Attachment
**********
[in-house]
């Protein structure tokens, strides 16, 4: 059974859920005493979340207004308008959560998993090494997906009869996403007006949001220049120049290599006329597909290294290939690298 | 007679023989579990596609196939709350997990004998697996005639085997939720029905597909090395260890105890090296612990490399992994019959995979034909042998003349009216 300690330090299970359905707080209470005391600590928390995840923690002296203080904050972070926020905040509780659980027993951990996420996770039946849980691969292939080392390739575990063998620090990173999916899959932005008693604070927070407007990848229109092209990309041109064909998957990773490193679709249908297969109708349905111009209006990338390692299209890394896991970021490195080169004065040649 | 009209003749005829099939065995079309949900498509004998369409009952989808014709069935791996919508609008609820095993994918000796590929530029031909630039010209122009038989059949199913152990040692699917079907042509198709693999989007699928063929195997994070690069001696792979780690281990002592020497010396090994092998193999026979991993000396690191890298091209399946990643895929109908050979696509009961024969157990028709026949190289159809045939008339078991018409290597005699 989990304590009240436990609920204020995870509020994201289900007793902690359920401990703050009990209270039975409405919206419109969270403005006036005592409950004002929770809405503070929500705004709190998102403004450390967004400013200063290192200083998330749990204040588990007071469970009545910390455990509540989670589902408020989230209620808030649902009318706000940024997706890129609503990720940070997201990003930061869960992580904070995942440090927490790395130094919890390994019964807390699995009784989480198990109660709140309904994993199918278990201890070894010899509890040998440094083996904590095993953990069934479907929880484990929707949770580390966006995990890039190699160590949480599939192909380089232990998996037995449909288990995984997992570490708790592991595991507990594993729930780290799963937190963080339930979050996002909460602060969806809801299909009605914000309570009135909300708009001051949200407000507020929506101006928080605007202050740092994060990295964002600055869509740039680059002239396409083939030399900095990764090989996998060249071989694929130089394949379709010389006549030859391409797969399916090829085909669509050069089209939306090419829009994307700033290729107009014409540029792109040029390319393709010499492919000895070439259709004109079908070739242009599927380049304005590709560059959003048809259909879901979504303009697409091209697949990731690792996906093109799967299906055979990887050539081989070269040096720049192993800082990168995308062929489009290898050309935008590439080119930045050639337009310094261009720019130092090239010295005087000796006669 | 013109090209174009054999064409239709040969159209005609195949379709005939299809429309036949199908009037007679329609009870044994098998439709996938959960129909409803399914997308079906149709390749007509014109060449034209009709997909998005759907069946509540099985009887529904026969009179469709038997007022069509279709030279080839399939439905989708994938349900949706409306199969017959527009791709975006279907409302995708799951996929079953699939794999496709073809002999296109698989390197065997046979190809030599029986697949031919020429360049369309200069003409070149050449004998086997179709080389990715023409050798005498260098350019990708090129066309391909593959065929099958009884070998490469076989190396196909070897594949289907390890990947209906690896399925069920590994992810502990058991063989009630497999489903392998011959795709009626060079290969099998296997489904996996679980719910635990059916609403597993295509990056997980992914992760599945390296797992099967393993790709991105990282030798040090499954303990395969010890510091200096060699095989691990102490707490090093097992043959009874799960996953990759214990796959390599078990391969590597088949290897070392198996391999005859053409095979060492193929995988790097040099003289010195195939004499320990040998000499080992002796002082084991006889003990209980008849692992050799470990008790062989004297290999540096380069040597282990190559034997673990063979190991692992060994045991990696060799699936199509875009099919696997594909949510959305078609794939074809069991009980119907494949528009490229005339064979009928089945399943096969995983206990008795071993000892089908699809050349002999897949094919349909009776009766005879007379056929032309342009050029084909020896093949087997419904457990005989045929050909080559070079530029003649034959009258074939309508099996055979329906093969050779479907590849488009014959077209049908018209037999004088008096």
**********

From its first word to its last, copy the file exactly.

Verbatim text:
[in-house]
């Protein structure tokens, strides 16, 4: 059974859920005493979340207004308008959560998993090494997906009869996403007006949001220049120049290599006329597909290294290939690298 | 007679023989579990596609196939709350997990004998697996005639085997939720029905597909090395260890105890090296612990490399992994019959995979034909042998003349009216 300690330090299970359905707080209470005391600590928390995840923690002296203080904050972070926020905040509780659980027993951990996420996770039946849980691969292939080392390739575990063998620090990173999916899959932005008693604070927070407007990848229109092209990309041109064909998957990773490193679709249908297969109708349905111009209006990338390692299209890394896991970021490195080169004065040649 | 009209003749005829099939065995079309949900498509004998369409009952989808014709069935791996919508609008609820095993994918000796590929530029031909630039010209122009038989059949199913152990040692699917079907042509198709693999989007699928063929195997994070690069001696792979780690281990002592020497010396090994092998193999026979991993000396690191890298091209399946990643895929109908050979696509009961024969157990028709026949190289159809045939008339078991018409290597005699 989990304590009240436990609920204020995870509020994201289900007793902690359920401990703050009990209270039975409405919206419109969270403005006036005592409950004002929770809405503070929500705004709190998102403004450390967004400013200063290192200083998330749990204040588990007071469970009545910390455990509540989670589902408020989230209620808030649902009318706000940024997706890129609503990720940070997201990003930061869960992580904070995942440090927490790395130094919890390994019964807390699995009784989480198990109660709140309904994993199918278990201890070894010899509890040998440094083996904590095993953990069934479907929880484990929707949770580390966006995990890039190699160590949480599939192909380089232990998996037995449909288990995984997992570490708790592991595991507990594993729930780290799963937190963080339930979050996002909460602060969806809801299909009605914000309570009135909300708009001051949200407000507020929506101006928080605007202050740092994060990295964002600055869509740039680059002239396409083939030399900095990764090989996998060249071989694929130089394949379709010389006549030859391409797969399916090829085909669509050069089209939306090419829009994307700033290729107009014409540029792109040029390319393709010499492919000895070439259709004109079908070739242009599927380049304005590709560059959003048809259909879901979504303009697409091209697949990731690792996906093109799967299906055979990887050539081989070269040096720049192993800082990168995308062929489009290898050309935008590439080119930045050639337009310094261009720019130092090239010295005087000796006669 | 013109090209174009054999064409239709040969159209005609195949379709005939299809429309036949199908009037007679329609009870044994098998439709996938959960129909409803399914997308079906149709390749007509014109060449034209009709997909998005759907069946509540099985009887529904026969009179469709038997007022069509279709030279080839399939439905989708994938349900949706409306199969017959527009791709975006279907409302995708799951996929079953699939794999496709073809002999296109698989390197065997046979190809030599029986697949031919020429360049369309200069003409070149050449004998086997179709080389990715023409050798005498260098350019990708090129066309391909593959065929099958009884070998490469076989190396196909070897594949289907390890990947209906690896399925069920590994992810502990058991063989009630497999489903392998011959795709009626060079290969099998296997489904996996679980719910635990059916609403597993295509990056997980992914992760599945390296797992099967393993790709991105990282030798040090499954303990395969010890510091200096060699095989691990102490707490090093097992043959009874799960996953990759214990796959390599078990391969590597088949290897070392198996391999005859053409095979060492193929995988790097040099003289010195195939004499320990040998000499080992002796002082084991006889003990209980008849692992050799470990008790062989004297290999540096380069040597282990190559034997673990063979190991692992060994045991990696060799699936199509875009099919696997594909949510959305078609794939074809069991009980119907494949528009490229005339064979009928089945399943096969995983206990008795071993000892089908699809050349002999897949094919349909009776009766005879007379056929032309342009050029084909020896093949087997419904457990005989045929050909080559070079530029003649034959009258074939309508099996055979329906093969050779479907590849488009014959077209049908018209037999004088008096």